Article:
Calif. Bill Aims To Reconstruct Testing System

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Californians have begun the push to construct a new statewide testing system to replace the controversial program that was disbanded last September.

Last week, the state Senate's education committee held hearings on a bill introduced by its chairman, Sen. Leroy F. Greene, the proposed "California school testing act."

The bill is expected to serve as the vehicle for rebuilding the defunct system from scratch. Whether policymakers can do that to the satisfaction of all parties is being closely watched nationwide.

"California has taken the lead in a lot of elements of standards-based reform," said Paul D. Goren, the director of education-policy studies for the National Governors' Association. "At the heart of all of that is an accountability system. That's what challenges many, if not all, states. So it's important to learn from the experiences that California went through on its assessment program and to watch as [policymakers] redefine it."

SB 430 would require the state superintendent of public instruction to design and implement a statewide pupil-assessment system that would be called the "California Assessment of Educational Progress."

The system would have to generate valid scores for individual students reflecting their acquisition of basic skills. "Where feasible," the bill states, the tests would also measure students' ability to apply knowledge in more complex ways and to solve problems. The system would include, but not be limited to, multiple-choice and short-answer questions and performance-based tasks.

California has been without a statewide testing system since the fall, when Gov. Pete Wilson vetoed a bill to revamp the California Learning Assessment System, known as CLAS. The controversial exam, which had been in place since 1993, combined traditional multiple-choice and short-answer questions with more innovative performance tasks. (See Education Week, related story .)

Mr. Wilson complained that the test did not yield reliable scores for individual students and did not strike an adequate balance between basic and higher-order skills. Questions about the accuracy of test results, and parental charges that some items pried into children's private lives, also contributed to the test's demise.

State, Local Mix

Under Senator Greene's bill, the state board of education would be responsible for approving a system that includes an undetermined mix of local and state testing. An aide to Mr. Greene said that the system could include local tests that were approved by the state board as consistent with state curriculum frameworks or commercially published tests that met similar state criteria.

"We will probably end up being more brokers in this issue than ideologues," he said.

Column Wrap

The state education department has already begun pulling together advisory groups to draw up criteria for approving commercially available tests. Fred Tempes, the associate superintendent in charge of curriculum, instruction, and assessment, said most people seem to view such tests as providing "at least a short-term solution to the issue of individual scores, which loomed large in the CLAS debacle last fall."

The department hopes to submit the criteria to the state board this summer. The tests would be reviewed beginning in September, so that some could be available for students to take by next spring.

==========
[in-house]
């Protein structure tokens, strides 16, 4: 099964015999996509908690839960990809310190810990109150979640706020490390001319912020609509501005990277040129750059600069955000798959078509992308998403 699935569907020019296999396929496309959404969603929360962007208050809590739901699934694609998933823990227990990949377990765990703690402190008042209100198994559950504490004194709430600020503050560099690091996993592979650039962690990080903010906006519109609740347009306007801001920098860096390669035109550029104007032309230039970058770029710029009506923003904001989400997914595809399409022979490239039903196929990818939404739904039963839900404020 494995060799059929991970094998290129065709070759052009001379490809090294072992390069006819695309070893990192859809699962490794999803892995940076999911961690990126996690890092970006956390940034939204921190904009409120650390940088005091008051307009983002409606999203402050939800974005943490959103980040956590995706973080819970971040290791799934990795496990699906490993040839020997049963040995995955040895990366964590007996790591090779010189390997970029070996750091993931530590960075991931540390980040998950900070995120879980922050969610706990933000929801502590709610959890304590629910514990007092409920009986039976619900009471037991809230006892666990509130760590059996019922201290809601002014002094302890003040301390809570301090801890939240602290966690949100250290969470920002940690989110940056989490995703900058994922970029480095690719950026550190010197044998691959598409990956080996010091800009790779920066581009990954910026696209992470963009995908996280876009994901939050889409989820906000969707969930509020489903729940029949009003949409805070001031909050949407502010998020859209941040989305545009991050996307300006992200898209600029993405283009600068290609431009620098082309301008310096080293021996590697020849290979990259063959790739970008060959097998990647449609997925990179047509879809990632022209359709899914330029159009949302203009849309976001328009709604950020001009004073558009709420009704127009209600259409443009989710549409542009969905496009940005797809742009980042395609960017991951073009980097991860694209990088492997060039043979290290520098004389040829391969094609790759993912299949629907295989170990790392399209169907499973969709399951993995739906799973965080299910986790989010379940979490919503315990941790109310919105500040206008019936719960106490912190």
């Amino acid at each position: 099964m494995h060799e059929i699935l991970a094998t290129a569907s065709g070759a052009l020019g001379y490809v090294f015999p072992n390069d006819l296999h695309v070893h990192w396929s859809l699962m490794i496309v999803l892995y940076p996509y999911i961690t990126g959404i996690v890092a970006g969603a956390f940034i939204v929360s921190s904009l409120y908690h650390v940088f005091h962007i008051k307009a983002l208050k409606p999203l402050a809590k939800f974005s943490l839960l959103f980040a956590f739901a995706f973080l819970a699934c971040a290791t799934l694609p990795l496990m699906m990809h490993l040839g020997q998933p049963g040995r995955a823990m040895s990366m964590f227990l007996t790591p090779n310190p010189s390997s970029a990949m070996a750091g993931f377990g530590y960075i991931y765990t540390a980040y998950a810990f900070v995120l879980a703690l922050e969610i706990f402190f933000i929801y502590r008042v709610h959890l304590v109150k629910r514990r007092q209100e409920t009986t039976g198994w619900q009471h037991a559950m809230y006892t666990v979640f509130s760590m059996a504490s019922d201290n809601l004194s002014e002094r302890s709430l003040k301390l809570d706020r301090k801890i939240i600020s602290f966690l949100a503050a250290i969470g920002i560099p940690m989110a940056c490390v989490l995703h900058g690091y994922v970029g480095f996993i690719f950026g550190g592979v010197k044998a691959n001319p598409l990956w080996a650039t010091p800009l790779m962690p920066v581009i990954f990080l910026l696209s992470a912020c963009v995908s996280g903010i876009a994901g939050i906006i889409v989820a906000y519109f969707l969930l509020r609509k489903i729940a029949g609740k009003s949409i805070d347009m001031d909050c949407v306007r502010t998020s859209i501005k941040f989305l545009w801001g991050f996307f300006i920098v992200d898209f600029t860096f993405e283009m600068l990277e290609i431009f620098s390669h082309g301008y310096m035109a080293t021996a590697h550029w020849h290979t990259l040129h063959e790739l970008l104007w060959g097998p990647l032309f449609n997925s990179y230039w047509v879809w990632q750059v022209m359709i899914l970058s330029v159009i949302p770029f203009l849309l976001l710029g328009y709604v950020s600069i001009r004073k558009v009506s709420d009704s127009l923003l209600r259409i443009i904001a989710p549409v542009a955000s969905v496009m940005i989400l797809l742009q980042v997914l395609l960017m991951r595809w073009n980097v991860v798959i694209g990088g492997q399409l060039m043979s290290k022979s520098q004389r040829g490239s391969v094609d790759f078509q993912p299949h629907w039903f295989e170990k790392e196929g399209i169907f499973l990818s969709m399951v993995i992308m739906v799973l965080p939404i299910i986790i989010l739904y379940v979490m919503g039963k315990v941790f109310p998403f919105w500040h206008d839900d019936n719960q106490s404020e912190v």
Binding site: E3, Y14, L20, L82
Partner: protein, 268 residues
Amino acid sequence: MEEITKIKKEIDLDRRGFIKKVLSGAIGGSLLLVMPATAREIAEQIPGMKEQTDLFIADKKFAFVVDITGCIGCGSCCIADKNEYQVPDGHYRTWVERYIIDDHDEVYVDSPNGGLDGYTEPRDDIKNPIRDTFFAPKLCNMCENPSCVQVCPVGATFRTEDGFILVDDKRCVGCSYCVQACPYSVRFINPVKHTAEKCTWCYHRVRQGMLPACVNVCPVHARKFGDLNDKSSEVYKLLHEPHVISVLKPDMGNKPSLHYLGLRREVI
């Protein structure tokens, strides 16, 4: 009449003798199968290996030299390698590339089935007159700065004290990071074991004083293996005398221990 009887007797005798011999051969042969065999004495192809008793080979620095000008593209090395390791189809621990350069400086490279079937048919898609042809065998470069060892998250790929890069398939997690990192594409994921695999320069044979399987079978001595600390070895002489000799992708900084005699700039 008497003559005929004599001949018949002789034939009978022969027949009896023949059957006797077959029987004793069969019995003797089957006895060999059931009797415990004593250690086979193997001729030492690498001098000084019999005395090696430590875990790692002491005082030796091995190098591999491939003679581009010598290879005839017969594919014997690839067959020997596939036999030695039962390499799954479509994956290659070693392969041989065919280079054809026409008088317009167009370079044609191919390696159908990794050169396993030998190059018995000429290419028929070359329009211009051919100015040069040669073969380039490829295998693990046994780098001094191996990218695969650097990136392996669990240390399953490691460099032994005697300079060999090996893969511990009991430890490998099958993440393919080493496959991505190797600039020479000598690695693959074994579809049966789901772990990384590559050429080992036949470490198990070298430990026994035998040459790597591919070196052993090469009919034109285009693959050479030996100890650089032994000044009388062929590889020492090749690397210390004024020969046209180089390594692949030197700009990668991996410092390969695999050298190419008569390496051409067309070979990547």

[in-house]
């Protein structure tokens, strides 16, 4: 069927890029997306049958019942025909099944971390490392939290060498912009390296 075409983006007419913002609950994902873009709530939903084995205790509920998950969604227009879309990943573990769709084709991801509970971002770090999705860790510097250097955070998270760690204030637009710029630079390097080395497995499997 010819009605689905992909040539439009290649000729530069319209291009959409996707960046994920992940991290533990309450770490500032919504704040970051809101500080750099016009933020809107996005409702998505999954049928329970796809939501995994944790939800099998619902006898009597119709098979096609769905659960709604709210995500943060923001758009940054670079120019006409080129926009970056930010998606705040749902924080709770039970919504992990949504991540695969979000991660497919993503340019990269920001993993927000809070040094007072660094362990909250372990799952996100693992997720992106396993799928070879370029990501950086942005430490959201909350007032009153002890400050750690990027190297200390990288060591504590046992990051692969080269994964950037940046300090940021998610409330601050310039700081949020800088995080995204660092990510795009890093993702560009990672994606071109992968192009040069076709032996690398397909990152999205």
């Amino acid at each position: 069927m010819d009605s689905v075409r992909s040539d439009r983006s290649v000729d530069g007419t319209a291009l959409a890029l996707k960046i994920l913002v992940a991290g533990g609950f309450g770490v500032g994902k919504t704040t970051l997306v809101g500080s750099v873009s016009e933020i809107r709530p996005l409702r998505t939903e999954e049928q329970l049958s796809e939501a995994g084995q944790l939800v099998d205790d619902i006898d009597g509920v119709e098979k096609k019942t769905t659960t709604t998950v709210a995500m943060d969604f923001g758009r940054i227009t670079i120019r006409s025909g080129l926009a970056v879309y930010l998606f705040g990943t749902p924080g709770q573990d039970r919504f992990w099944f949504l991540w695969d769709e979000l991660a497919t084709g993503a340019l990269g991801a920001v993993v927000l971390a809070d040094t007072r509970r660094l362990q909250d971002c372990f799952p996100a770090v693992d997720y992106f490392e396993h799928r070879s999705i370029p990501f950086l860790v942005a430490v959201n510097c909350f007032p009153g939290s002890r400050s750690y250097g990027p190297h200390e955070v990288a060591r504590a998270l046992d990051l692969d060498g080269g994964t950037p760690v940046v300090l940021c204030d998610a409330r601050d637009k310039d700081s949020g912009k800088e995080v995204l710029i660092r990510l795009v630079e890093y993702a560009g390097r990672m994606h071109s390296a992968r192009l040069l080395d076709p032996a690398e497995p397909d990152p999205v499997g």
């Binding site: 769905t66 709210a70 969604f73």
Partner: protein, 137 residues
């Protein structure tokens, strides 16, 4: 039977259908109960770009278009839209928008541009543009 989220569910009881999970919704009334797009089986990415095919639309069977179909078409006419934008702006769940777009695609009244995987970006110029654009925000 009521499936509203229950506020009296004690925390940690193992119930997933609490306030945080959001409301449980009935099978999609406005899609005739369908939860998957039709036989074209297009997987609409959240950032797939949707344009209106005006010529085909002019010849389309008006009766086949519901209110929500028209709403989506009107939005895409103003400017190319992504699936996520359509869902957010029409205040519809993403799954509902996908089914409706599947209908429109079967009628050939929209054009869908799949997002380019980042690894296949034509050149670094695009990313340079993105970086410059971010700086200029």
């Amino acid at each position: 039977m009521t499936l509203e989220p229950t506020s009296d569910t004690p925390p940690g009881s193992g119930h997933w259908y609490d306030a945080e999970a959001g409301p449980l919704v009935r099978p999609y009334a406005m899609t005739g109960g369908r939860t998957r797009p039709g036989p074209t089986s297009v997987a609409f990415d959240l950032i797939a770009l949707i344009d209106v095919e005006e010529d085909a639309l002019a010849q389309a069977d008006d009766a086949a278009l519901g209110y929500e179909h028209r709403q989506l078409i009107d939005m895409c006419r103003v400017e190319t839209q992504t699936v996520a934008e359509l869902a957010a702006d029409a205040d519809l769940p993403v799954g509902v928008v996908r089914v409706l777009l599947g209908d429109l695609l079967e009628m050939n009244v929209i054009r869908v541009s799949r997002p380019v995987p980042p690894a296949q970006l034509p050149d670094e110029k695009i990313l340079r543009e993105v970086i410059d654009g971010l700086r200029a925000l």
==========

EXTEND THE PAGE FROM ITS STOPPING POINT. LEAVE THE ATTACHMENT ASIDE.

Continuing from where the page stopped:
Mr. Tempes said there was also an "emerging consensus" to recreate a state-level assessment that would be used for accountability purposes and that would include some performance tasks, in addition to more traditional measures. Such a test, he said, would probably not yield individual scores.

But a big question is what financial incentive, if any, districts should be given to administer commercially available tests or to go beyond that and create a more multifaceted testing system.

A spokeswoman, Cindy Katz, said that the administration was working with the education department on the new testing system and that Mr. Wilson would not comment on the Senate bill. But Ms. Katz said any testing system would have to yield individual scores and statistically valid results, incorporate high standards, and measure basic skills as well as applied knowledge.

In addition, Mr. Greene noted, any new test "is simply going to have to do a better job [than CLAS] of letting people know what it is all about before it's put in place."

Privacy, Validity Concerns

"The CLAS test was actually a good test," he argued. "It got a bum rap. We're going to have to see to it that there's a lot of public involvement in putting this all together."

Mr. Greene's bill would:

Require statewide performance standards in all major subjects that would identify the achievement expected in various grades and would be the basis for reporting results.

The mandate is consistent with the federal Goals 2000: Educate America Act and testing requirements under the federal Title I program for disadvantaged students.

Require the department to recommend to the board privately published tests that adhere to the state's curriculum frameworks.
Insure that all assessment procedures, items, instruments, and scoring systems were independently reviewed to see that they met high standards of statistical reliability and did not use practices that were racially, culturally, or gender biased.
Prohibit the use of any questions about a student's personal beliefs or practices in the areas of sex, family life, morality, or religion without the written consent of parents or guardians.

The bill will go next to the Senate appropriations committee, before going to the floor for a vote.

Vol. 14, Issue 31

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